It occurs to me while writing this tale of failure that this blog has never been just about furniture or fixing. It’s about life. Stay with me – even at the age of 40 I have to continually be reminded of the same lessons- which points to the fact that I am either incredibly stubborn or just plain foolish. However, I’d prefer to think that maybe I’m not that unique and that WE as humans are a never-ending work in progress. The end tables I managed to muck up seemed no exception. I recognized something else about myself: when I feel like I don’t have control over my life, I seek to control other things. Anais Nin said exactly that: “When I cannot bear outer pressures any more, I begin to put order in my belongings. I get satisfaction from perfect order in my papers, in my clothes, in the house. I carry this to excess. As if unable to organize and control my life, I seek to exert this on the world of objects.”
With that Part 2 of our story begins on a Sunday morning. The very next day after the DIY disaster took place. Our heroin Brooke, despite her enthusiasm and good intentions failed miserably at revamping her Nana’s bedside tables. You can catch Part 1 here.
Remember Peanut the Skeptic? It’s almost as if he knew what would happen…
Sunday after the kiddos left for the day, Peanut and I hit Home Depot (A/K/A Mom’s favorite store EVER). We took the unexpected sunshine coming through the windows as a symbol of hope and set forth with a prayer and a plan to purchase some seriously gritty sandpaper to clean up the painted mess Mommy had made. Peanut led the way because let’s be honest, he totally called it and my DIY card had been suspended temporarily. If I can’t paint something this basic, should I even be allowed to drive? I justified taking him into Home Depot because at that point he was required for emotional support. In fact, we decided that he should be project manager.
We returned home, resigned to attack again but this time with more determination.
The sandpaper I used for the detail work kept coming unclipped from the hand sander, and the electric sander was much too powerful for the corners and detailed cabinet fronts. (Word to the wise: an electric sander not used carefully can take CHUNKS out of wood.) To say this frustrated me would be putting it lightly. Neither seemed to work really well and I was too stubborn to return to the Depot. So I went on vacation instead. Wait, what? Yes. I needed more than to control my surroundings with paint and projects, I needed a damn vacation. And sun. We were on a record breaking gloom streak in Seattle, so the cranky wasn’t just about the sandpaper. I placed this project on hold for a couple weeks to allow myself to get “centered again.” I booked tickets to Texas and visited my very best friend for the first time in years and it was exactly what the doctor ordered.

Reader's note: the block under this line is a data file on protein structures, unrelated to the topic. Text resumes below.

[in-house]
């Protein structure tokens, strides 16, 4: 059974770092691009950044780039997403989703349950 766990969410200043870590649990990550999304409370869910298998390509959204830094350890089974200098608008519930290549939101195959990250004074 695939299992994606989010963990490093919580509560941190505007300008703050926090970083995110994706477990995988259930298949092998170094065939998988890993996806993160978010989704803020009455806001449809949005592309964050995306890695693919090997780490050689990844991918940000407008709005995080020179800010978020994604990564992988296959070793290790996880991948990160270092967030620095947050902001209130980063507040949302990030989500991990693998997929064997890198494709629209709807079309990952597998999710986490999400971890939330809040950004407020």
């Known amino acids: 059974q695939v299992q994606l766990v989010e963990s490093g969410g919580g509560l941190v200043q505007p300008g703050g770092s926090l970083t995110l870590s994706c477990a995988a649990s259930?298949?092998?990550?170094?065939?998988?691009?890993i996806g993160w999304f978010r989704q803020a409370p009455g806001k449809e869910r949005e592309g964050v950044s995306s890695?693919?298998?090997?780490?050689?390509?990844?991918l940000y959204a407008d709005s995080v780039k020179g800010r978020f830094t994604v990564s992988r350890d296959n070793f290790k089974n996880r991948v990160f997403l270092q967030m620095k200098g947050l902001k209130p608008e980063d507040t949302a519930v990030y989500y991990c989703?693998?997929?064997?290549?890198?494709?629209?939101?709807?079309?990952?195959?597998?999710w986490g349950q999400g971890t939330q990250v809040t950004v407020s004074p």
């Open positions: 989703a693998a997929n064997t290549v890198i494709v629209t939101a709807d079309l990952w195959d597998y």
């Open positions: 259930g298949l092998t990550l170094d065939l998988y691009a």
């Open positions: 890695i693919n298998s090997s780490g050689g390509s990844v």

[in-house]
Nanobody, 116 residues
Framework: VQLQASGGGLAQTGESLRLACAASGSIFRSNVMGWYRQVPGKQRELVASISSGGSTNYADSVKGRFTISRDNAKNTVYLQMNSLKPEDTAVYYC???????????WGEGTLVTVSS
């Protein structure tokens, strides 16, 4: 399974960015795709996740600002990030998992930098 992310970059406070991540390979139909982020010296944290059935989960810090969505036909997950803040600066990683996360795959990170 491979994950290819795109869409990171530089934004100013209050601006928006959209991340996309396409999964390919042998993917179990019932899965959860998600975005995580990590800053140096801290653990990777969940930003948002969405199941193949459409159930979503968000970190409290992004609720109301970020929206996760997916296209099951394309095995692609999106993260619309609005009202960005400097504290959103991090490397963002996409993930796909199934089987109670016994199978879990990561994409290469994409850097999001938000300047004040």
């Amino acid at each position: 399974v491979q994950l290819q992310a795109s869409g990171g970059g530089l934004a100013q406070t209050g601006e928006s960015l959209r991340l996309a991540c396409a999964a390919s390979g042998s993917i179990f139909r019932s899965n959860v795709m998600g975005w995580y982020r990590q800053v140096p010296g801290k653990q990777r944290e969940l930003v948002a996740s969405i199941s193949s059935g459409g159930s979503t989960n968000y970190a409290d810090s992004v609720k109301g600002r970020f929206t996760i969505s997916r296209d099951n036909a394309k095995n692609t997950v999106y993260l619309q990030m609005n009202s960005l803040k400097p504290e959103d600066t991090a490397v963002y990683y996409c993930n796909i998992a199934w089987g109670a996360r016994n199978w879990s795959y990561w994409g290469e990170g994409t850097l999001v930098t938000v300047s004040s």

Back in town, it’s back to business: My time away allowed me time to gather up my “give-a-shits” again. I promptly purchased Bulls Eye 1.2.3. Primer for All Surfaces, Rustoleum Painters Touch Ultra Cover in Semi-Gloss White and a couple of mini rollers for smooth surfaces.
Below we see progress involving primer, paint and…
finally, finally the finished product.
(…and one very proud warrior princess.)
Now listen here, readers. Do not judge the photo below. The bedroom where these tables reside required some “special effects” to create a warmish feeling that does not yet exist in reality. I think though that we’re headed in the right direction…now to address light fixtures, crusty carpets and mismatched wood tones. The room just like me is a work in progress.
If there is anything I’ve learned through this project that I can impart on others is that you cannot rush paint nor perfection. As they say, “Rome was not built in a day.” In nearly all things, you cannot rush, you cannot force. You cannot forget to make sure your paint has primer and expect great results. Some things require time and patience; both of which I’ve always been short on-but I’m working on that.